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Celebrating the Jubilee on campus.
BY BARB ERNSTER
students will be delving deeper into the life
of St. Paul during his Jubilee Year, which almost coincides with the academic
school year. Catholic colleges across the country are celebrating the year by
offering special lectures and courses on Paul and his writings, as well as
liturgical and ecumenical events honoring his spirituality and evangelical
Brian Schmisek, dean of the School
of Ministry at the University of Dallas, said it is encouraging that Pope
Benedict XVI has inaugurated the Year of St. Paul. “This apostle to the
Gentiles was perhaps the most influential writer of the New Testament. During
this historic year, Christians throughout the world will be paying closer
attention to the letters and theology of this ‘least among the apostles.’”
The School of Ministry is planning a
symposium where Schmisek and other Scripture scholars will give presentations
on Paul’s letters and his impact on the Church.
The school, which offers summer
courses at its campus in Rome, will focus next summer’s courses on the life and
writings of St. Paul and will host a tour of five major cities where Paul
evangelized: Thessalonica, Philippi, Athens, Corinth and Ephesus.
Said Schmisek, “Though it has been
two millennia since his birth, we can expect that the life and writings of Paul
will continue to influence Christians of all denominations for at least the
next two thousand years.”
The Franciscan University of
Steubenville in Ohio dedicated the 2008-09 school year to St. Paul and handed
out 2,000 Pauline medals and prayer cards to students at its orientation in
August. According to Third Order Franciscan Father Dominic Scotto, university
chaplain and theology lecturer, the first priority for the year’s events is the
liturgical services. Pauline themes will be incorporated into the homilies at
Mass and spiritual meditations at Benediction, as well as Father Scotto’s
weekly chapel bulletin articles and liturgy courses.
Franciscan’s chapel ministries are
sponsoring a number of campus events to honor the saint. This fall, Scott Hahn,
director of the St. Paul Center for Biblical Theology, will lead a Bible study
on Paul’s writings, and Pauline speakers will be invited on campus. With a
novena leading up to it, “St. Paul Conversion Day” on Jan. 25 will include a
Mass and a bus trip to St. Paul’s Cathedral in Pittsburgh, Pa., for a prayer
service to gain a plenary indulgence. During the spring semester, campus talks
will take an evangelical approach, including how to talk to Jehovah’s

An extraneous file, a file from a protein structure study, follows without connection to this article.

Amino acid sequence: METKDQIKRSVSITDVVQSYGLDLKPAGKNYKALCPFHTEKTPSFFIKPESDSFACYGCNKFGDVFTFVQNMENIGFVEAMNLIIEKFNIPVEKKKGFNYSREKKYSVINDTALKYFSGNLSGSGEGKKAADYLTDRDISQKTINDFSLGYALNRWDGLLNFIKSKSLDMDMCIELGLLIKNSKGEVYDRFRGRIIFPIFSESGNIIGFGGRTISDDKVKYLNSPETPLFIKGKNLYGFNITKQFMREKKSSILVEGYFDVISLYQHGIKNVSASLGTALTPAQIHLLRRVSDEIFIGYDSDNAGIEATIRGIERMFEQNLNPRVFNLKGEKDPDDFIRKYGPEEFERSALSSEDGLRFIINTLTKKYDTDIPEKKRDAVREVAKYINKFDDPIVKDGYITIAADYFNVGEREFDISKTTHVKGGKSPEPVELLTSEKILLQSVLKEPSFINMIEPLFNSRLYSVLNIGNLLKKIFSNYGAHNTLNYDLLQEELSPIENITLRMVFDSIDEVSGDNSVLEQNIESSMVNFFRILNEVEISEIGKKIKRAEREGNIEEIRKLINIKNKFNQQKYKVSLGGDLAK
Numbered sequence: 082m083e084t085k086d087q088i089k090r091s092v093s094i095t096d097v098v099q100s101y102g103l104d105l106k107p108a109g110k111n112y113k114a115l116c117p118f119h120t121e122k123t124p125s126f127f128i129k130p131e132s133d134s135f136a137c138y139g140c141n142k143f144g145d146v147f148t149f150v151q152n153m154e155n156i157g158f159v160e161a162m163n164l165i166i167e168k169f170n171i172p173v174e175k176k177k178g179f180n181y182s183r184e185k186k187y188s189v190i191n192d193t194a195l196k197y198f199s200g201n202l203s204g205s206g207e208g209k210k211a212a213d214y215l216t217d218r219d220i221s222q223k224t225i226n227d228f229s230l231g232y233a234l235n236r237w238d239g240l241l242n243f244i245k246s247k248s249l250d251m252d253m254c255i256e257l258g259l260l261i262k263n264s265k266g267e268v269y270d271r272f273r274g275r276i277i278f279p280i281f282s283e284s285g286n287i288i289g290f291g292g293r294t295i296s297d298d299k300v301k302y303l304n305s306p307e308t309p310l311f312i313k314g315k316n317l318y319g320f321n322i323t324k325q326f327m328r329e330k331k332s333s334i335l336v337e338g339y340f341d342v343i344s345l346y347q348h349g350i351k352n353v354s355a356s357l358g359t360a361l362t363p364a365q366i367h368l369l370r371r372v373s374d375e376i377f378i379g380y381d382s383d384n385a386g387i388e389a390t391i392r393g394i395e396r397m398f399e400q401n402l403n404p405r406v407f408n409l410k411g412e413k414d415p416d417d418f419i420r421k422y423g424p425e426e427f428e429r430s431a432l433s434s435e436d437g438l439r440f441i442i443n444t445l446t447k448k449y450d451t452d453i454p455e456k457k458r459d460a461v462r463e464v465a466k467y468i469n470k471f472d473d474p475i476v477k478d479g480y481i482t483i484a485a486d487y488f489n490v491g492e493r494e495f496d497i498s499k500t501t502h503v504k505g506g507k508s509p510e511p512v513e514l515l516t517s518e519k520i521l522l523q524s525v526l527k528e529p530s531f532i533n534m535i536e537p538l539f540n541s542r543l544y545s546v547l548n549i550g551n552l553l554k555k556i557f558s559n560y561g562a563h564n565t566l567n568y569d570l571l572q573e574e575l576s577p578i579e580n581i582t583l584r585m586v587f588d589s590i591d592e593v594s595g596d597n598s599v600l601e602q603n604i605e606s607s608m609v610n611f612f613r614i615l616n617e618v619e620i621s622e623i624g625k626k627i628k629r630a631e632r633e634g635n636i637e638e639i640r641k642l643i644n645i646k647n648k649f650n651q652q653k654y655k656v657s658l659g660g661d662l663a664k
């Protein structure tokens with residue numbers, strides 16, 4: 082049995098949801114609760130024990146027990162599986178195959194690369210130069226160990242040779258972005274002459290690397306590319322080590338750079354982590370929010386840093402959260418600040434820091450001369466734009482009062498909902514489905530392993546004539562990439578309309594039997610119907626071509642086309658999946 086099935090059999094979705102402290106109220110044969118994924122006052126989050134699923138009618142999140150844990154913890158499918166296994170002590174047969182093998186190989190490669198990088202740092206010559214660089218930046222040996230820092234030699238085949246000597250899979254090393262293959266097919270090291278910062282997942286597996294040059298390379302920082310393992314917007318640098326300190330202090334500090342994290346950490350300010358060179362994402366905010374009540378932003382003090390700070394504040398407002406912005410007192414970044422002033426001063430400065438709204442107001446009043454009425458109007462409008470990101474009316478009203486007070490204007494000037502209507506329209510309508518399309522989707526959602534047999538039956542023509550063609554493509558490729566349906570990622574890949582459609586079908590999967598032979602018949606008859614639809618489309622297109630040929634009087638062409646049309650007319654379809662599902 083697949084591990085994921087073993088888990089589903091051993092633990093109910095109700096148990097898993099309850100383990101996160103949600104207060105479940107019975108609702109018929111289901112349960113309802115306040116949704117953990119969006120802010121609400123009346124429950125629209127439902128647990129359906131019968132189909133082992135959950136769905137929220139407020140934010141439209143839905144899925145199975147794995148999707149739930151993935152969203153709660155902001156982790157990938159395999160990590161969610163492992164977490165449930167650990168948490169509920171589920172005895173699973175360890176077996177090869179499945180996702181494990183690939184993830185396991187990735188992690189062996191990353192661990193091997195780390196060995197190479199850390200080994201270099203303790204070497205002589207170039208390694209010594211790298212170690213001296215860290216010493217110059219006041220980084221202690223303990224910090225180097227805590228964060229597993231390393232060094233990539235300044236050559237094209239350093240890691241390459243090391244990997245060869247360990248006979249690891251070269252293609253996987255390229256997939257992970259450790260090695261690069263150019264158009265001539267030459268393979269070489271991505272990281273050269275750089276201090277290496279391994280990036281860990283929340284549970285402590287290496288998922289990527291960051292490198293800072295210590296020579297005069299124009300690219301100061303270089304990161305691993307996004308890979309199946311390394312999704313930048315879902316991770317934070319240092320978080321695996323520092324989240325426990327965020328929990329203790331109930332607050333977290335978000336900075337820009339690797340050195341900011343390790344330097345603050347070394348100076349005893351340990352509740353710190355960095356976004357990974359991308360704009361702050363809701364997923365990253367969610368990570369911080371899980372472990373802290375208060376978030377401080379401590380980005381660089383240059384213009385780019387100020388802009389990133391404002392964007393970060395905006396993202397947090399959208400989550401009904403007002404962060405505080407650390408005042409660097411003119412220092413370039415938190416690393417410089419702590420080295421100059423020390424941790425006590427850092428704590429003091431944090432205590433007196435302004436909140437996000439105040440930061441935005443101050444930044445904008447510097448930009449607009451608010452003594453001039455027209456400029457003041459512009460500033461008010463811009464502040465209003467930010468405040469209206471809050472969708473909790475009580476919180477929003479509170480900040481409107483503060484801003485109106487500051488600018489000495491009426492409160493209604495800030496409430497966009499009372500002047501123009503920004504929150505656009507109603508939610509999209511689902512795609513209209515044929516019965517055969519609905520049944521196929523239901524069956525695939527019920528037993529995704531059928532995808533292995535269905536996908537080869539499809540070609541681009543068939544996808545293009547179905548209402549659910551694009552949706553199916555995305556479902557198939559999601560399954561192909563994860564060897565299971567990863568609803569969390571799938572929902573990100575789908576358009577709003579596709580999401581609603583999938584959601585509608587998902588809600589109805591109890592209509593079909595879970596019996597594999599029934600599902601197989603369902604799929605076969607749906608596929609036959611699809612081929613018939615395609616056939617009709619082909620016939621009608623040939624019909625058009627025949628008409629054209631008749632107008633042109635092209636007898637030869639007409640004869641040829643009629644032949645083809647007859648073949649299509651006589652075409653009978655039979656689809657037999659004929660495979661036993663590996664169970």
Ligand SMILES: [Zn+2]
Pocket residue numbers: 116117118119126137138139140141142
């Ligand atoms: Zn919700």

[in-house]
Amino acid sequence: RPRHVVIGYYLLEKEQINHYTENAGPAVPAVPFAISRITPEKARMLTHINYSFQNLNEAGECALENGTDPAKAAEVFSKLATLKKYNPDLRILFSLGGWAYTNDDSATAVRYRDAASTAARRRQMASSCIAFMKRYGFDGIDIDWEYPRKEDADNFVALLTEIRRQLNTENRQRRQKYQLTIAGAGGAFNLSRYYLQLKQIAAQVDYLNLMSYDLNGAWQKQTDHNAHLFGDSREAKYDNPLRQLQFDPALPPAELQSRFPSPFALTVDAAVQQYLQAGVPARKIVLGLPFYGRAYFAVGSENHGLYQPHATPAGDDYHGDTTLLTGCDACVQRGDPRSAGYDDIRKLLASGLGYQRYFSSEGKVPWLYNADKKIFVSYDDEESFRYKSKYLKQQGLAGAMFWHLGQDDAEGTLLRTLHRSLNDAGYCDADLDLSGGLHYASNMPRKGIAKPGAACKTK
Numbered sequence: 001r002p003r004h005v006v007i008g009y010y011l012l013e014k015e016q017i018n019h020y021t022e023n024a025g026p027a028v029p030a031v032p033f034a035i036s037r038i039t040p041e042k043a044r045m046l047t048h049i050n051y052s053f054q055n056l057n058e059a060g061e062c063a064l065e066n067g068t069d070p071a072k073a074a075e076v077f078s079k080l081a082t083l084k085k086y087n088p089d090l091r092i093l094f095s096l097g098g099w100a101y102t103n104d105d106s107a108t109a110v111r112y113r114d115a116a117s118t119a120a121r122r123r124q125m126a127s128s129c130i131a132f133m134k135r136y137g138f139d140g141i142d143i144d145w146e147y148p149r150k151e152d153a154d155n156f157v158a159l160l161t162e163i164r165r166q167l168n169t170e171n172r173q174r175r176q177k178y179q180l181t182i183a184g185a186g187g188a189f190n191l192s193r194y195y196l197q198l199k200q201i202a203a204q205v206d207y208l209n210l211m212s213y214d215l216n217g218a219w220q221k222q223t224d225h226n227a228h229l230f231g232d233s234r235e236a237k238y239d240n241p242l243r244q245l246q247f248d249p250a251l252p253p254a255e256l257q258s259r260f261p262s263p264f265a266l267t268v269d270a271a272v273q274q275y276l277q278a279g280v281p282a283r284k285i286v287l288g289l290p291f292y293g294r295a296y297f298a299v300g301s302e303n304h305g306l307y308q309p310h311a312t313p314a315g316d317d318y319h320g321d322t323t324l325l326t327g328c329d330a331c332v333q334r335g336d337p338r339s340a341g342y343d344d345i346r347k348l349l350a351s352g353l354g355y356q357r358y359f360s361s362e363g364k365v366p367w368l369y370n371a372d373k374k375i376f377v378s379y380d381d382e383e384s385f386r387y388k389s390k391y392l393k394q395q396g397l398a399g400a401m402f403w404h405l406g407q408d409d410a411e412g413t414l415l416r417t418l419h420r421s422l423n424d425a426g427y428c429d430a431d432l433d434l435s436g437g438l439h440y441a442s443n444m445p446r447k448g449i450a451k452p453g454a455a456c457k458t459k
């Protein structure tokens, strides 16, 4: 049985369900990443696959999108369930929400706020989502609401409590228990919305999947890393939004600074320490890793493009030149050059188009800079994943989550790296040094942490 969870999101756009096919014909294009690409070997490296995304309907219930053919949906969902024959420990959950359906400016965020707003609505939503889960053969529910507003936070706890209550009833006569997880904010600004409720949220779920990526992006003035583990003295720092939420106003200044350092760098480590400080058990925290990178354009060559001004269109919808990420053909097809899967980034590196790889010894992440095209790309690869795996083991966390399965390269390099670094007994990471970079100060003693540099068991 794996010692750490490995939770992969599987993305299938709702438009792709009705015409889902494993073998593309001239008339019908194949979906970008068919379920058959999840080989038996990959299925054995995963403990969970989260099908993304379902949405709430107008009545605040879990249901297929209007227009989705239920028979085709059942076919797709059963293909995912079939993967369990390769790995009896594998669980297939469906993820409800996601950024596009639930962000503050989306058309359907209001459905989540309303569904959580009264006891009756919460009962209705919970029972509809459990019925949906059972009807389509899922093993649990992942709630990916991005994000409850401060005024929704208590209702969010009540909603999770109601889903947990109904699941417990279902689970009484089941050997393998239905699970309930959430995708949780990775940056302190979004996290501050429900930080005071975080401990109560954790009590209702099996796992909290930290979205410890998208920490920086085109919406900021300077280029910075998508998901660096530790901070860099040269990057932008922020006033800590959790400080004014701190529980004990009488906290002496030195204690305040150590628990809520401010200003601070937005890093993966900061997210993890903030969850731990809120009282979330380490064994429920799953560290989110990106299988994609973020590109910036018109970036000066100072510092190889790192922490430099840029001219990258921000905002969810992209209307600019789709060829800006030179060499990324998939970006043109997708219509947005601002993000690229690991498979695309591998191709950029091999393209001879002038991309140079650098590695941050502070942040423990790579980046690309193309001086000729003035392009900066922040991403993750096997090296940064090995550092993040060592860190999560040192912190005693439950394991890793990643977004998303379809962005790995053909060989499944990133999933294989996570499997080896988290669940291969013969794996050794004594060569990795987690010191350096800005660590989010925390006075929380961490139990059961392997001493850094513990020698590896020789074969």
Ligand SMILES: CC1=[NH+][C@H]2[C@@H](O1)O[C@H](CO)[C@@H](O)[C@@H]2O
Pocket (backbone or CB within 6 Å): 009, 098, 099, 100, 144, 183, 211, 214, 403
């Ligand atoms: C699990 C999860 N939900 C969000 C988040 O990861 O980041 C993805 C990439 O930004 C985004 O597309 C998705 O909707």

Witnesses. Other faiths will be invited to an ecumenical Pauline “Preach Out”
planned for the Week of Prayer for Christian Unity.
“I’m sure we’ll get the students
fired up,” said Father Scotto. “The Pope mentioned the fact that we need
apostles today, so people don’t think that it’s left to others in the past or
to just priests and missionaries. We want to reawaken the faith in every
Catholic because it’s not an exclusive faith, but one that we want to share
Around the Nation
To the west, Wyoming Catholic College in Lander welcomes the Year of St. Paul as an
opportunity to attain a deeper understanding of the unique role St. Paul played
in building up the mystical body of Christ on earth. It “aspires to live this
year in a spirit of communion with the Holy Father and the entire Church,”
according to its website, and the chaplaincy is planning special observances
with the students to mark the Pauline Year.
east, the Diocese of Manchester, N.H., and Saint Anselm College are teaming up
to offer a three-part series on Paul for anyone in the diocese, according to
Pat Gabree, executive director for education and formation of the laity.
Professor Dennis Sweetland will lead off the series in September with an
introduction to Paul, his life and letters, exploring the issues of
justification and the relationship between faith and works. The second part of
the series in January will be a prayerful experience with Paul. National
speaker Mary Birmingham will give a talk in the spring on how to live out
trying to honor the year of St. Paul, but we didn’t want to do a one-shot
deal,” noted Gabree. “I think for many people in our diocese and I assume
across the country, we hear the letters of Paul during the Sunday liturgies,
and yet most of us don’t know a lot about Paul or the communities to whom he
the north, the Saint Paul Seminary School of Divinity at the University of St.
Thomas in St. Paul, Minn., will host a series of faculty colloquia on Paul’s
writings. Christopher Thompson, academic dean, said one of the themes will focus
on the work of the Synod of Bishops in Rome this October and their discussion
of “The Word of God in the Life and Mission of the Church.”
use their document for a series of presentations and conversations available to
our graduate students and seminarians. In the seminary, there is a general
enthusiasm for this, and I’m certain there is a degree of enthusiasm among the
graduate students. Our Scripture faculty is optimistic about the fruits of the
efforts for the year,” said Thompson.
eight-foot statue of St. Paul, designed by noted liturgical artist Angelo
Gherardi and crafted by Italian sculptor Franco Dolfi, was recently installed
on the seminary grounds, the first for the apostle’s namesake city.
activities Paul engaged in on his remarkable missionary journeys, using the
most up-to-date travel and communication media of his day, fearlessly
encountering people from very different backgrounds and cultural assumptions,”
said Father Jan Michael Joncas of the theology department, “could truly inspire
a new generation wanting to stand for something sure, trustworthy and
life-giving in the smorgasbord of opinions that make up post-modern life.”
Barb Ernster is based in Minneapolis, Minnesota.